Soon we had a range from kid’s songs, Scripture songs, and praise choruses, to “special numbers” that the campers soon learned and sang with us.  Decidedly behind the times for someone who had just experienced Calvary Chapel or the Voice of Elijah ministry (or anywhere that could put together a real band), we were still truly ahead of our time for many of the churches in Kodiak, and for many of the visitors we had every summer.  But thanks to John Hicks and later to many of my songwriting college friends, we had an endless stream of really good songs.  I even wrote and sang a few, although I never considered myself a songwriter. Some of the sound samples below are of vintage recordings (usually on horrible equipment) done by my brother and I in spare moments between camps in the years we served at Camp Woody.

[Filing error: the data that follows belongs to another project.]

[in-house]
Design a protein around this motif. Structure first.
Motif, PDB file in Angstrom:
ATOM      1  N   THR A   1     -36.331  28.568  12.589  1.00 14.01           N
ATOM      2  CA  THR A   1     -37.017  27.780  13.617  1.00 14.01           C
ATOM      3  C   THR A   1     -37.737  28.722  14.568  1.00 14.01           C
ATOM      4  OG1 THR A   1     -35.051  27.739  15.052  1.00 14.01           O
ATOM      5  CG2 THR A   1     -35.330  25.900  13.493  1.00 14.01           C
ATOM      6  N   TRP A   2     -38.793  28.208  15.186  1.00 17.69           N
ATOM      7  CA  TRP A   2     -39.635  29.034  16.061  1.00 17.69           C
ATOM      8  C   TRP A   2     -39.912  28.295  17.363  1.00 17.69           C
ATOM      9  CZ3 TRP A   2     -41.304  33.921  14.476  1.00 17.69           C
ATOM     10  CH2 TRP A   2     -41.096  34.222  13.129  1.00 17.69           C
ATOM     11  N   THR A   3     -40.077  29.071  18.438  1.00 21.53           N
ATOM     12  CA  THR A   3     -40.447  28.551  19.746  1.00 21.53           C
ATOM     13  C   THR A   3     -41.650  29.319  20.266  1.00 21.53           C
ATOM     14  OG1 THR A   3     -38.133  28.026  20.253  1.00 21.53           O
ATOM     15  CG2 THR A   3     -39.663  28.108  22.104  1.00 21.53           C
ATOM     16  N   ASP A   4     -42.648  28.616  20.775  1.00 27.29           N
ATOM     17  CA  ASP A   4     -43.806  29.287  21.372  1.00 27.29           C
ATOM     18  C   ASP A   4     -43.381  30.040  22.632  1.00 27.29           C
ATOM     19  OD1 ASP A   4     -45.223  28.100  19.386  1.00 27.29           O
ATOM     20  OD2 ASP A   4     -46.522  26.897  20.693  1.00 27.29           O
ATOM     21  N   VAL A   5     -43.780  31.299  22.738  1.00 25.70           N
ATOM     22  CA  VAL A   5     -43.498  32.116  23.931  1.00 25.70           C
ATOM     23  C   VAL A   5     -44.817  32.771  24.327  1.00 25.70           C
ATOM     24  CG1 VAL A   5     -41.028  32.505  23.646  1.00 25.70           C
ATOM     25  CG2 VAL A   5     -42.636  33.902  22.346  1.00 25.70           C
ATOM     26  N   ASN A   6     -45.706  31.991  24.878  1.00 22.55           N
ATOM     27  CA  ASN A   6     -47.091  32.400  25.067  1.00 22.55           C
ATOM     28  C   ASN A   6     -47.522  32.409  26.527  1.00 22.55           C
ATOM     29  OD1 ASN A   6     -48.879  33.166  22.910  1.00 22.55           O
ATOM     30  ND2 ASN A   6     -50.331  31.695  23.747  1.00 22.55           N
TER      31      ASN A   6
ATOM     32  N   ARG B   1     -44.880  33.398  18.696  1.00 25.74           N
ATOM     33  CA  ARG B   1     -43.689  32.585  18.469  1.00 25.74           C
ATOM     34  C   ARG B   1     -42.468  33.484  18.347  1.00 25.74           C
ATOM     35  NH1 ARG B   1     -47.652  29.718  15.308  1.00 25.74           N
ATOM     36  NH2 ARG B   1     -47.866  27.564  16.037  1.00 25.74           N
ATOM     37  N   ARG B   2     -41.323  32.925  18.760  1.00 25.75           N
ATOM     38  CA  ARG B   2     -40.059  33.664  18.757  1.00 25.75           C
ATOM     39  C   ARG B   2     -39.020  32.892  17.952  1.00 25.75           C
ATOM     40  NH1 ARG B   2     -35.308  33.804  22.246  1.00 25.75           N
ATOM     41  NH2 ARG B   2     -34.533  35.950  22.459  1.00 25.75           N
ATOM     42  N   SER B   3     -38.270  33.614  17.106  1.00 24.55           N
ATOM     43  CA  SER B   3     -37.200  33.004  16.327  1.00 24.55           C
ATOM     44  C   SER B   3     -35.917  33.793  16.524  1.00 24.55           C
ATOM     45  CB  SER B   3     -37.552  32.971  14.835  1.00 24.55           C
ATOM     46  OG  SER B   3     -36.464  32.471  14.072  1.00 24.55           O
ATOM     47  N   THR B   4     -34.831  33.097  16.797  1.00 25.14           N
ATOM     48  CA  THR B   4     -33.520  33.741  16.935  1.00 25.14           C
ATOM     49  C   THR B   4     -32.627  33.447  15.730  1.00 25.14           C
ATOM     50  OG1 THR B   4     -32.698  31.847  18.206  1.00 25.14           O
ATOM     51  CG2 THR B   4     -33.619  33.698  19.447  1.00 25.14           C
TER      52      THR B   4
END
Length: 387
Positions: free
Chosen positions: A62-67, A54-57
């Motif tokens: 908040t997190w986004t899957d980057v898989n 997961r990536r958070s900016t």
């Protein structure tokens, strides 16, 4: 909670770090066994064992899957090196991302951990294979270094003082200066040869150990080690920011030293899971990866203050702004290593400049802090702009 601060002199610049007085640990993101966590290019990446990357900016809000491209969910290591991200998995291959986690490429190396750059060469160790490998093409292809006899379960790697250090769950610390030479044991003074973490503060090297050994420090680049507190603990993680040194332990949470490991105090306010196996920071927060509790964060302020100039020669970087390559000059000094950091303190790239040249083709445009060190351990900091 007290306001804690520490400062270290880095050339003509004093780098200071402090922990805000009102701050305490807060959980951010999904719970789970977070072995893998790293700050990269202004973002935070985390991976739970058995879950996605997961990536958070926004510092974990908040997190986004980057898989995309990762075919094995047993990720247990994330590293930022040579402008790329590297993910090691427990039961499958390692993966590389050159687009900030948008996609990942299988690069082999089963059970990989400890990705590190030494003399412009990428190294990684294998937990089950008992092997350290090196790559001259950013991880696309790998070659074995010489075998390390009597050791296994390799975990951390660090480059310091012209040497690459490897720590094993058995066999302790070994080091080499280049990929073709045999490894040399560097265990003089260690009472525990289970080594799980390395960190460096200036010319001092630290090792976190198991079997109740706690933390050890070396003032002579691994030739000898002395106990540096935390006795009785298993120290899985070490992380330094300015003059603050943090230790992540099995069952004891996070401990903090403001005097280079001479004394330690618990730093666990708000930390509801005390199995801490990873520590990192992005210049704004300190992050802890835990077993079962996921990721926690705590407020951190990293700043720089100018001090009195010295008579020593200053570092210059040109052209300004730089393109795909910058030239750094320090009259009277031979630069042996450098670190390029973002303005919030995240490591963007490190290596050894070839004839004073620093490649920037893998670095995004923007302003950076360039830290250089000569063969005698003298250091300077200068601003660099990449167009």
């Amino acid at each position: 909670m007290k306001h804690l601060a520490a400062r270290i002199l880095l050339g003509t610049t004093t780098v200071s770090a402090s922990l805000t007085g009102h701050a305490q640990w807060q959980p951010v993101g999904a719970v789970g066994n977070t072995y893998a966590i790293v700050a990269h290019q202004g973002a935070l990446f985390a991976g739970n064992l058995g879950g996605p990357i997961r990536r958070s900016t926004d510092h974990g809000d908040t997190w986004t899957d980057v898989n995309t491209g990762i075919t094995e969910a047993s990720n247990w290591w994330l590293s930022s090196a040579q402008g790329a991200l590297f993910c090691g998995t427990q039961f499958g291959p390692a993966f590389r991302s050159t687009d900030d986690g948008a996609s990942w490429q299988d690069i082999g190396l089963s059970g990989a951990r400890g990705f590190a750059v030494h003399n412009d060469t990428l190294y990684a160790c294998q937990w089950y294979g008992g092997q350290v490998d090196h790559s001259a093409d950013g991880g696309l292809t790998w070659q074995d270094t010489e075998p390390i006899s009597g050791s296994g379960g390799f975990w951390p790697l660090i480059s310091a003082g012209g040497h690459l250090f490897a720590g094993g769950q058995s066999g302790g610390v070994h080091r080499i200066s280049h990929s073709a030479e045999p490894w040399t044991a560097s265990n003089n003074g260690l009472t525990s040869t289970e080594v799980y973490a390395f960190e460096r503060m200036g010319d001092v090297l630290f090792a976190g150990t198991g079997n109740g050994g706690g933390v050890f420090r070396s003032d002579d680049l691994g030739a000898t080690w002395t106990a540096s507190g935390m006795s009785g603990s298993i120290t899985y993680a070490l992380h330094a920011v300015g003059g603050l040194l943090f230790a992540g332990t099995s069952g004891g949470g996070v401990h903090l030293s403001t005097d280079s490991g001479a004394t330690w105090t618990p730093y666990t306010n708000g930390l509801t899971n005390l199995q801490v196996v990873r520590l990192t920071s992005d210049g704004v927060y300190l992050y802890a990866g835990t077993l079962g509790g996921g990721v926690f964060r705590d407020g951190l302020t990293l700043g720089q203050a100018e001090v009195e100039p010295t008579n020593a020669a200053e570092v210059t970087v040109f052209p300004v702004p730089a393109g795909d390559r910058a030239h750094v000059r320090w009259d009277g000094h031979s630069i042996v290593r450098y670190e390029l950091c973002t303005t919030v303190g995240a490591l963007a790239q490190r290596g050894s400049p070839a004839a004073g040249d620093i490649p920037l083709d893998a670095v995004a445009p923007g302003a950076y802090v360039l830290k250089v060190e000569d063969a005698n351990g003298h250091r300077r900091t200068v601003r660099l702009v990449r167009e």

Tim, Bruce, and Debbie (and the Stone Table String Band): The music goes on!  

           Debbie and I got married and moved to California in 1978. Our friend Bruce, who had served at Camp Woody in 1974 and 1975, lived nearby.  He took up the electric bass, and he and I began playing some of those classic songs (and learning new ones).  Thanks to his inspiration, we were able to record many of the wonderful songs that Kelly and I had done years before. We produced several albums of “Homemade Music” in the 1980’s, that we gave as Christmas gifts. And Debbie sometimes joined us, her sweet alto adding a new dimension to the songs.

             In 1999 and 2000, Bruce joined other friends and me in recording the Stone Table String Band CD: The Love and the Mercy. Kelly also got to help out on that CD, bringing everything full circle!  Since Bruce and I  always strove for a group sound, all of those classic recordings on CD go by the title of Stone Table String Band (“Tim, Bruce, and Debbie” not being a real catchy band name!). Please follow the links at the bottom to hear more sound samples or order the CD’s.